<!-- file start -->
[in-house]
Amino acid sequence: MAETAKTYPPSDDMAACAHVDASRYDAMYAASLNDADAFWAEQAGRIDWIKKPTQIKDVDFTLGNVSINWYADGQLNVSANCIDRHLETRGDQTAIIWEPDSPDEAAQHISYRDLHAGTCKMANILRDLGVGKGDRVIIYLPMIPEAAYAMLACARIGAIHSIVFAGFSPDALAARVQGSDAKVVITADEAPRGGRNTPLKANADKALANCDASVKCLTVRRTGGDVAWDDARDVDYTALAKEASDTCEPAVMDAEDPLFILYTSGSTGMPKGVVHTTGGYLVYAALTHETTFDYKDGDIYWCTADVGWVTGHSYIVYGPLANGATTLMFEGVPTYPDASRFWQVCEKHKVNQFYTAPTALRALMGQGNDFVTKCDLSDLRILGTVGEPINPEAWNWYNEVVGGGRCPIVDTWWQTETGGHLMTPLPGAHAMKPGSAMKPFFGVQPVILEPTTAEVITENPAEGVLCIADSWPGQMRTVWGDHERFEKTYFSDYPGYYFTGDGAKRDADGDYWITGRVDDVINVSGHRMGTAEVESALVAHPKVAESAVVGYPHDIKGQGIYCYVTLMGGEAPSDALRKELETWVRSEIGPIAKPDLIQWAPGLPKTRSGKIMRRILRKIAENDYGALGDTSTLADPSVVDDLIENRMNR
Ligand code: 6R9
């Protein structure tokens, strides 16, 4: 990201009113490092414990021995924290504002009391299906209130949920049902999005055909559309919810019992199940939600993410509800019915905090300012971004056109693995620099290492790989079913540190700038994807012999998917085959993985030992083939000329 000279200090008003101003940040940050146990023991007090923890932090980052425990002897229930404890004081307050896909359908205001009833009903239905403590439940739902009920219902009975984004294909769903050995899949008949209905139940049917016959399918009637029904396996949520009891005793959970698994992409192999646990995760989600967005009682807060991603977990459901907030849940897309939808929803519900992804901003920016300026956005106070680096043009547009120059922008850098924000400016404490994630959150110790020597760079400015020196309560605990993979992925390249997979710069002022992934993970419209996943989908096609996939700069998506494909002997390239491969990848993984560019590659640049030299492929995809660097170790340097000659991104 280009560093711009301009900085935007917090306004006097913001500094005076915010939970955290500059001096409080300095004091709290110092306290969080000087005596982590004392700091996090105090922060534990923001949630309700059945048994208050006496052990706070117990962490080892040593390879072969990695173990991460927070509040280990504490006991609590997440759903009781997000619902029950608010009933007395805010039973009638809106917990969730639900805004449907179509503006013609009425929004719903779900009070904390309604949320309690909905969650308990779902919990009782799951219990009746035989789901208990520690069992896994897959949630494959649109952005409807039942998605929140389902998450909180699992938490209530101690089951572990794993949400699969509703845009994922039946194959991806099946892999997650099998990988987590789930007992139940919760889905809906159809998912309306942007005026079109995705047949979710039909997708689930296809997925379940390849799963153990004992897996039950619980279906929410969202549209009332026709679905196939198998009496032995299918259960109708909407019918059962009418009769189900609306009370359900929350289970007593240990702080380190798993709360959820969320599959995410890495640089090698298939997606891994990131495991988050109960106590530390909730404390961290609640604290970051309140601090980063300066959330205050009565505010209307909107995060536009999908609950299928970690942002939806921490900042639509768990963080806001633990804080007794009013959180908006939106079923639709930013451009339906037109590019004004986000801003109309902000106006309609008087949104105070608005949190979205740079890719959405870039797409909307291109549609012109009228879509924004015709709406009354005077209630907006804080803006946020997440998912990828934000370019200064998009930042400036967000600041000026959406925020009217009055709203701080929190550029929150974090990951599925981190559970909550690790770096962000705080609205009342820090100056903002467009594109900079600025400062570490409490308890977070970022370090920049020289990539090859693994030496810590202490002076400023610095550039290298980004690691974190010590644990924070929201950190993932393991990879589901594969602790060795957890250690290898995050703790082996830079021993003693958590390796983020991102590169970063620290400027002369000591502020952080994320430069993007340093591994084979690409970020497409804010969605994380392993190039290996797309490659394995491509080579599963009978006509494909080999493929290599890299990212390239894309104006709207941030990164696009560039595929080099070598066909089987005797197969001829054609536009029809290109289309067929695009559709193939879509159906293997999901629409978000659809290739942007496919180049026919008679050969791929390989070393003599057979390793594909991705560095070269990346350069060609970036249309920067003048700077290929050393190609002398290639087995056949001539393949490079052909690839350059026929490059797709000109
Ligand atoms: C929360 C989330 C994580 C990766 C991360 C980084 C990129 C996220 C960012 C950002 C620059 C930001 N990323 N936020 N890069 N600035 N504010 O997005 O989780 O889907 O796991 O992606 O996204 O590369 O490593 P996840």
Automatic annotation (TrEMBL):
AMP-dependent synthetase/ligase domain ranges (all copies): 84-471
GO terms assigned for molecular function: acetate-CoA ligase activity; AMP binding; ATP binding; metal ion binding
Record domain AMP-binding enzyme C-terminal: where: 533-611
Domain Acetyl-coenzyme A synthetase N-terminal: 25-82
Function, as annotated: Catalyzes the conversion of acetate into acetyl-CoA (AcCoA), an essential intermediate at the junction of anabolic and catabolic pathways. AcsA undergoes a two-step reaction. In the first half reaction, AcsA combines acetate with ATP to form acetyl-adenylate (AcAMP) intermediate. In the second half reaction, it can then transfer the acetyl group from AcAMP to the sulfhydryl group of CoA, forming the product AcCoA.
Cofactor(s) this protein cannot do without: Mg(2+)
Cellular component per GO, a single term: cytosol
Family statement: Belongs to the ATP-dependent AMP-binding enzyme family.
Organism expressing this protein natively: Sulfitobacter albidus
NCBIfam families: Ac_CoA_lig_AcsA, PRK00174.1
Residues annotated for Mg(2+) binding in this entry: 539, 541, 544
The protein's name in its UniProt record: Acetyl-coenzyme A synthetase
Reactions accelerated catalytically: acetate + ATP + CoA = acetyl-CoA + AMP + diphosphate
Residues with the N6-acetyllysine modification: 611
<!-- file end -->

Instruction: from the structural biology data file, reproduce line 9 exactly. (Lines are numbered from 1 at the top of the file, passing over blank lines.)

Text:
Record domain AMP-binding enzyme C-terminal: where: 533-611